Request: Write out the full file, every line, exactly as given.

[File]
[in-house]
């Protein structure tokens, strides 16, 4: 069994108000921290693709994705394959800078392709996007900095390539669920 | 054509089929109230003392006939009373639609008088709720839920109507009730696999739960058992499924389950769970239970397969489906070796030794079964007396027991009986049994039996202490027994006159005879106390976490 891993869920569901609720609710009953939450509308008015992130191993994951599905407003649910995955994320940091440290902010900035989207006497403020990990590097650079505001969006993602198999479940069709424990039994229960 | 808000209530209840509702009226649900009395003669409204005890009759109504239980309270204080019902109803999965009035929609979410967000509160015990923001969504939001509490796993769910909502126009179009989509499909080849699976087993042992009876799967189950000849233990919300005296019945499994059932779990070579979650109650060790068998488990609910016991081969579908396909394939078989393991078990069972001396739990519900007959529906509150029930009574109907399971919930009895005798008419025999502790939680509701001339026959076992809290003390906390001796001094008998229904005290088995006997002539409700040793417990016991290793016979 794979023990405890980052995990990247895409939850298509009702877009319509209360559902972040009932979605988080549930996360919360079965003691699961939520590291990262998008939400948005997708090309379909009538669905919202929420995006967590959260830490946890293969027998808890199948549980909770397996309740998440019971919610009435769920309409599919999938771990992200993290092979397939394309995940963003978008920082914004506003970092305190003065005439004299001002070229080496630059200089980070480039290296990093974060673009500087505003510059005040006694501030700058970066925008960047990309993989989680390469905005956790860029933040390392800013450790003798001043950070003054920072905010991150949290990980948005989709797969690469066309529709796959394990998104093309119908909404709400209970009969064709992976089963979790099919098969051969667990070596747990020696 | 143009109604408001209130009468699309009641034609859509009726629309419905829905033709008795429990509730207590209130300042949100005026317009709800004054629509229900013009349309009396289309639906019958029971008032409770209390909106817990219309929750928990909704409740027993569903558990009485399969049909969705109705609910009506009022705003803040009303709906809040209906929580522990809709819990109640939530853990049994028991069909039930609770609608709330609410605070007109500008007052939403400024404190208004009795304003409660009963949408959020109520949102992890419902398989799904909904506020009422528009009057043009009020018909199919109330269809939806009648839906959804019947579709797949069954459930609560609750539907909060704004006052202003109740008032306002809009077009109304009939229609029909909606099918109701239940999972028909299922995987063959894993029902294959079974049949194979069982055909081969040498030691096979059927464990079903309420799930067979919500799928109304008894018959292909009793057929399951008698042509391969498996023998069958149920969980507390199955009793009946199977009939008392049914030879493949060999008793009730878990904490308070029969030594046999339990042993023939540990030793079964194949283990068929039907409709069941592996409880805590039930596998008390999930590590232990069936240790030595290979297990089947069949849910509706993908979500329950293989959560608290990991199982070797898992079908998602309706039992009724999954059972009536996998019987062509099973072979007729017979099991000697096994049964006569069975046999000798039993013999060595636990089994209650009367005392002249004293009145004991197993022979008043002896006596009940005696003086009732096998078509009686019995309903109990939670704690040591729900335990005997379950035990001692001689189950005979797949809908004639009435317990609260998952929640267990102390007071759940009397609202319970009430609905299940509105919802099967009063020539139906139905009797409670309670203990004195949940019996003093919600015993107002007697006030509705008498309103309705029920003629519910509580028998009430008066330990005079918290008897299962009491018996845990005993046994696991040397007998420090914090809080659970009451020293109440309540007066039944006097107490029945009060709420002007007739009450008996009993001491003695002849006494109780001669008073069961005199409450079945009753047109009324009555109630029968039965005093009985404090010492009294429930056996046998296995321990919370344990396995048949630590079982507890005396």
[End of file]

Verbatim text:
[in-house]
């Protein structure tokens, strides 16, 4: 069994108000921290693709994705394959800078392709996007900095390539669920 | 054509089929109230003392006939009373639609008088709720839920109507009730696999739960058992499924389950769970239970397969489906070796030794079964007396027991009986049994039996202490027994006159005879106390976490 891993869920569901609720609710009953939450509308008015992130191993994951599905407003649910995955994320940091440290902010900035989207006497403020990990590097650079505001969006993602198999479940069709424990039994229960 | 808000209530209840509702009226649900009395003669409204005890009759109504239980309270204080019902109803999965009035929609979410967000509160015990923001969504939001509490796993769910909502126009179009989509499909080849699976087993042992009876799967189950000849233990919300005296019945499994059932779990070579979650109650060790068998488990609910016991081969579908396909394939078989393991078990069972001396739990519900007959529906509150029930009574109907399971919930009895005798008419025999502790939680509701001339026959076992809290003390906390001796001094008998229904005290088995006997002539409700040793417990016991290793016979 794979023990405890980052995990990247895409939850298509009702877009319509209360559902972040009932979605988080549930996360919360079965003691699961939520590291990262998008939400948005997708090309379909009538669905919202929420995006967590959260830490946890293969027998808890199948549980909770397996309740998440019971919610009435769920309409599919999938771990992200993290092979397939394309995940963003978008920082914004506003970092305190003065005439004299001002070229080496630059200089980070480039290296990093974060673009500087505003510059005040006694501030700058970066925008960047990309993989989680390469905005956790860029933040390392800013450790003798001043950070003054920072905010991150949290990980948005989709797969690469066309529709796959394990998104093309119908909404709400209970009969064709992976089963979790099919098969051969667990070596747990020696 | 143009109604408001209130009468699309009641034609859509009726629309419905829905033709008795429990509730207590209130300042949100005026317009709800004054629509229900013009349309009396289309639906019958029971008032409770209390909106817990219309929750928990909704409740027993569903558990009485399969049909969705109705609910009506009022705003803040009303709906809040209906929580522990809709819990109640939530853990049994028991069909039930609770609608709330609410605070007109500008007052939403400024404190208004009795304003409660009963949408959020109520949102992890419902398989799904909904506020009422528009009057043009009020018909199919109330269809939806009648839906959804019947579709797949069954459930609560609750539907909060704004006052202003109740008032306002809009077009109304009939229609029909909606099918109701239940999972028909299922995987063959894993029902294959079974049949194979069982055909081969040498030691096979059927464990079903309420799930067979919500799928109304008894018959292909009793057929399951008698042509391969498996023998069958149920969980507390199955009793009946199977009939008392049914030879493949060999008793009730878990904490308070029969030594046999339990042993023939540990030793079964194949283990068929039907409709069941592996409880805590039930596998008390999930590590232990069936240790030595290979297990089947069949849910509706993908979500329950293989959560608290990991199982070797898992079908998602309706039992009724999954059972009536996998019987062509099973072979007729017979099991000697096994049964006569069975046999000798039993013999060595636990089994209650009367005392002249004293009145004991197993022979008043002896006596009940005696003086009732096998078509009686019995309903109990939670704690040591729900335990005997379950035990001692001689189950005979797949809908004639009435317990609260998952929640267990102390007071759940009397609202319970009430609905299940509105919802099967009063020539139906139905009797409670309670203990004195949940019996003093919600015993107002007697006030509705008498309103309705029920003629519910509580028998009430008066330990005079918290008897299962009491018996845990005993046994696991040397007998420090914090809080659970009451020293109440309540007066039944006097107490029945009060709420002007007739009450008996009993001491003695002849006494109780001669008073069961005199409450079945009753047109009324009555109630029968039965005093009985404090010492009294429930056996046998296995321990919370344990396995048949630590079982507890005396």